Surgical training is increasingly being done using simulator technology in order to teach basic skills to residents without risking patients’ lives. However, neurosurgery lags behind other surgical specialties in the adoption of simulators. Since there are no commercial simulators in this domain, the National Research Council has embarked on a neurosurgery simulator development program, in collaboration with Canadian neurosurgeons.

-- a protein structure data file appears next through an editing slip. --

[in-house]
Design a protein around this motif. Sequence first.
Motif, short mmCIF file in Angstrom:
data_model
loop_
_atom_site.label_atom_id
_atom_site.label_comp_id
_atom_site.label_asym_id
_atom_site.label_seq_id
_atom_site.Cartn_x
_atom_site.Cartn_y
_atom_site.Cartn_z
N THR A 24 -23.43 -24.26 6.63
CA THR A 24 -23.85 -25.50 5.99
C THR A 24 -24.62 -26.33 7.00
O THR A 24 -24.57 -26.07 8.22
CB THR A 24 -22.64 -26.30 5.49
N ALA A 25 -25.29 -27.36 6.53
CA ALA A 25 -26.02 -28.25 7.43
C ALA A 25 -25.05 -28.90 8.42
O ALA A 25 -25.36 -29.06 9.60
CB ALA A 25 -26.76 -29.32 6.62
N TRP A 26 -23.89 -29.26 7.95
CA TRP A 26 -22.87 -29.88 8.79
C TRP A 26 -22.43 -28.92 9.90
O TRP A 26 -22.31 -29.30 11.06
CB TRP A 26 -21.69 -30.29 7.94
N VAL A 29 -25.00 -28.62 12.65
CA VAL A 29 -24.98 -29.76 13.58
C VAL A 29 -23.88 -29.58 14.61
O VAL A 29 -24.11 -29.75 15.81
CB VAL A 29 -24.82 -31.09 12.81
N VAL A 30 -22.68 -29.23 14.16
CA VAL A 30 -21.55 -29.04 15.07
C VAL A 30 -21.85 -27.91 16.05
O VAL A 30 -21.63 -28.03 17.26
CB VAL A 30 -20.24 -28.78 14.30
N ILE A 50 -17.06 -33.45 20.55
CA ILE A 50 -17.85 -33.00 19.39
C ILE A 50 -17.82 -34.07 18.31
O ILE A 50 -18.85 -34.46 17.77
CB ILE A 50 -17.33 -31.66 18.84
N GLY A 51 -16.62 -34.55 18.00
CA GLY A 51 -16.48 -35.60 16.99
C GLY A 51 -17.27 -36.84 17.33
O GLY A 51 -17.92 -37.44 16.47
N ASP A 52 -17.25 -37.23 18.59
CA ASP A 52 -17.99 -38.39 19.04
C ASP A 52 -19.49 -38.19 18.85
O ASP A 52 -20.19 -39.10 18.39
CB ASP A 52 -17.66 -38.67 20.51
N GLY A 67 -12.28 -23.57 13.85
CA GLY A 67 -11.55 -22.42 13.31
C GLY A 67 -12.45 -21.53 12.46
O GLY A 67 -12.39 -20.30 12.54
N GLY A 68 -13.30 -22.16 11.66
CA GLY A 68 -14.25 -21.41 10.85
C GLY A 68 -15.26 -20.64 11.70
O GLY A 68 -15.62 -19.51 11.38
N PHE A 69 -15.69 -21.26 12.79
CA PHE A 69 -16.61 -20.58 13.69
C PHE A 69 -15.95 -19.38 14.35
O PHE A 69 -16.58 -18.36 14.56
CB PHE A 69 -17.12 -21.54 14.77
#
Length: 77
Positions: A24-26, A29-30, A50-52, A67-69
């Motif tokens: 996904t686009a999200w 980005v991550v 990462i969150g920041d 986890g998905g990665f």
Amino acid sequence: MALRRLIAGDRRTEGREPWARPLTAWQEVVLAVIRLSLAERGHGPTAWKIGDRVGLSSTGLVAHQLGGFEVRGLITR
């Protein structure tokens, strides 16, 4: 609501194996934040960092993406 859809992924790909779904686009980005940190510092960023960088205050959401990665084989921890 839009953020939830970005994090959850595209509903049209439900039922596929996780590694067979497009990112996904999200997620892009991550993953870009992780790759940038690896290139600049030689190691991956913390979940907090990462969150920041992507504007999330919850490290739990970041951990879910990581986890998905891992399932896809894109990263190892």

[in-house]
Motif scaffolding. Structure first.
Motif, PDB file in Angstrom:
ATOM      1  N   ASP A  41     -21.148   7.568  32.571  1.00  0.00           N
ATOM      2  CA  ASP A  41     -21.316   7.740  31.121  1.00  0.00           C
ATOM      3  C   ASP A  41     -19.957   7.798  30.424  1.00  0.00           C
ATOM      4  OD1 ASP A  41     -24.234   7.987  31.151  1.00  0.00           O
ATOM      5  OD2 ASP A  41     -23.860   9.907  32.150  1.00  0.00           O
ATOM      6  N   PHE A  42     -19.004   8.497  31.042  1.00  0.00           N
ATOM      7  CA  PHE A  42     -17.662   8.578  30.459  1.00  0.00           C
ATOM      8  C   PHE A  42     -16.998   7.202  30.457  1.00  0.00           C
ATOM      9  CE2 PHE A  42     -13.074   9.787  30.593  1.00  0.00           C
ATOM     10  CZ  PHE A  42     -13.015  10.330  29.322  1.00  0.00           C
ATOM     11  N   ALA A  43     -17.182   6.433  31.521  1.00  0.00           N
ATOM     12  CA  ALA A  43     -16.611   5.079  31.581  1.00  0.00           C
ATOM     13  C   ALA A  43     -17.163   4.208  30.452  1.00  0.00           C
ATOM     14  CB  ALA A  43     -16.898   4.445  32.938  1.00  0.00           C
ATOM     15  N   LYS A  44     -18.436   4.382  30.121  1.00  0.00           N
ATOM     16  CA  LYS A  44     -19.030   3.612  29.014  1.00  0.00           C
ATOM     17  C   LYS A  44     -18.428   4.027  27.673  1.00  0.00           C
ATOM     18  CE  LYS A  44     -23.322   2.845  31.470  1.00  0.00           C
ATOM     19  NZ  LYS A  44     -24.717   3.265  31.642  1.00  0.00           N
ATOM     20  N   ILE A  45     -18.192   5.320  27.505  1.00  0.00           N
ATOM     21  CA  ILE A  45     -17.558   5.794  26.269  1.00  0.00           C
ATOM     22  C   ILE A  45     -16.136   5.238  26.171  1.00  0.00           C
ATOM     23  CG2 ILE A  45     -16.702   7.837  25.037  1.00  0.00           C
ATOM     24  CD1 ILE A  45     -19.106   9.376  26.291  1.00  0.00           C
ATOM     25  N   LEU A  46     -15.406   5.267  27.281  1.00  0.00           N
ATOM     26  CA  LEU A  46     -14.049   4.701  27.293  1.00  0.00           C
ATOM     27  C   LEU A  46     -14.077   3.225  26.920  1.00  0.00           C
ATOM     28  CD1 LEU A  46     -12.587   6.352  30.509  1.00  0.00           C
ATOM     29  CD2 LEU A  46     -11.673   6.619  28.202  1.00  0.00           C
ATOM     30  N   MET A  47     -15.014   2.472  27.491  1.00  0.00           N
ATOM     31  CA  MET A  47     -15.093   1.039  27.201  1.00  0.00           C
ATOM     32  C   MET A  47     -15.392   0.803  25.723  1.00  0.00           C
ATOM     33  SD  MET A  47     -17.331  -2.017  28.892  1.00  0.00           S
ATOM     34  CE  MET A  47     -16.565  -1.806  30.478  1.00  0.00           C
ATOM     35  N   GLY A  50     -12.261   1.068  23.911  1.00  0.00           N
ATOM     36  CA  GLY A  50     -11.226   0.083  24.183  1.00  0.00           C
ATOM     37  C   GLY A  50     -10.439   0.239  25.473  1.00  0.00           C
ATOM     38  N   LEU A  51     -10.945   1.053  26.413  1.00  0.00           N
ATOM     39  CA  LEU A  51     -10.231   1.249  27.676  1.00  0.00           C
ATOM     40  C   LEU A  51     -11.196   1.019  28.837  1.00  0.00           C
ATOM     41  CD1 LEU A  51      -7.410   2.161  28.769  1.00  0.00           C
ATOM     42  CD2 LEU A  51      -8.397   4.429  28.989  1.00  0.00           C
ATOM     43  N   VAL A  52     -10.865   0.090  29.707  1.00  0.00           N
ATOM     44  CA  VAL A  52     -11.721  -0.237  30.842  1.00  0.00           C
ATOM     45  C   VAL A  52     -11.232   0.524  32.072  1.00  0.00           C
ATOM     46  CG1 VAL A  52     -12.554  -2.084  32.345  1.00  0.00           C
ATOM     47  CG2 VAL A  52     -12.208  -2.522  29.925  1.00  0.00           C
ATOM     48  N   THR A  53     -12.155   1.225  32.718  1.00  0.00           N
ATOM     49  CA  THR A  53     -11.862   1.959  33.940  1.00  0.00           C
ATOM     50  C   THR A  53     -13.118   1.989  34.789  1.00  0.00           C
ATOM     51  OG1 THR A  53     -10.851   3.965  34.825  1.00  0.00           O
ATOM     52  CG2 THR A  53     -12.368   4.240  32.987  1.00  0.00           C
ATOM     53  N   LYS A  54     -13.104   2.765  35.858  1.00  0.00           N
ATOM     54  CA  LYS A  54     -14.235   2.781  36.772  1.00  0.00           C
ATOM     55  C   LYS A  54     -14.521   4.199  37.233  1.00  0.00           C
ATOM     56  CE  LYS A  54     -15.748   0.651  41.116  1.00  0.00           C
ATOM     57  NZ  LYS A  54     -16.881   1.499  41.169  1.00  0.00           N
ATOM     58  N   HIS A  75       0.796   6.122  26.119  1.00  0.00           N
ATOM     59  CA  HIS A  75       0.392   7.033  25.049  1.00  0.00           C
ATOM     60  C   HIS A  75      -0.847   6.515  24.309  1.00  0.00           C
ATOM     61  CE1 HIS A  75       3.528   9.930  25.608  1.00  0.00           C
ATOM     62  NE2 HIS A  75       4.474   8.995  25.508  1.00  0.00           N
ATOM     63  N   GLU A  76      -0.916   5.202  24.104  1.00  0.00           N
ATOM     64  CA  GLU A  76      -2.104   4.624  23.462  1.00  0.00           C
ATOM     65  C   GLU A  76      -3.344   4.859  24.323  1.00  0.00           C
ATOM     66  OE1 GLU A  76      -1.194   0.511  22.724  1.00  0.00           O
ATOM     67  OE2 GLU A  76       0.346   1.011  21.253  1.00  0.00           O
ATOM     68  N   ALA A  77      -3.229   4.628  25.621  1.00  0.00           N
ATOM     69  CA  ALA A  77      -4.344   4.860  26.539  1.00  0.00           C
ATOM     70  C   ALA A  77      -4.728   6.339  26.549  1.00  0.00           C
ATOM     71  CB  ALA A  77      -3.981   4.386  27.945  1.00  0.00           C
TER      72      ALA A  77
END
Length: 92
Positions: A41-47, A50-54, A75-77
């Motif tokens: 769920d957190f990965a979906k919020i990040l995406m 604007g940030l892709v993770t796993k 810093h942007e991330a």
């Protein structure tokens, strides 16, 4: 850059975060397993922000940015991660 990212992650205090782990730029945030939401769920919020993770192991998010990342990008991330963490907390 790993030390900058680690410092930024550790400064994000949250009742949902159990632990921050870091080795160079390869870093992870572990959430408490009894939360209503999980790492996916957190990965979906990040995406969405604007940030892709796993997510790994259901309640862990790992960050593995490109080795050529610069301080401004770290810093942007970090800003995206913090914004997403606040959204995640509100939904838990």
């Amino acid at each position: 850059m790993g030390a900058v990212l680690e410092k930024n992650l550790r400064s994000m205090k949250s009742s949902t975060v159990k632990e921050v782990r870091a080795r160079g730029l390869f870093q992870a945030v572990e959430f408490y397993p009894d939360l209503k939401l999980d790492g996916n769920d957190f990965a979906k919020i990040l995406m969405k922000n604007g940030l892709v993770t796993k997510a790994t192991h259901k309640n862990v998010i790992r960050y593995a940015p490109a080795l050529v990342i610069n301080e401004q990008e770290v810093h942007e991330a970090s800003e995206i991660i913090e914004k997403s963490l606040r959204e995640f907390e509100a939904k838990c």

In 2009, an estimated 23,400 Canadians will be diagnosed with lung cancer and 20,500 will die of it. Once diagnosed, the treatment of choice is surgical resection of the tumour using Minimally Invasive Surgery (MIS), in which two major problems exist: locating the tumour and an impaired ability to feel the tissue under examination. This project aims to develop a minimally invasive tumour localization device that can be used to palpate tissue and accurately distinguish between soft healthy tissue and tumours that are relatively stiffer.
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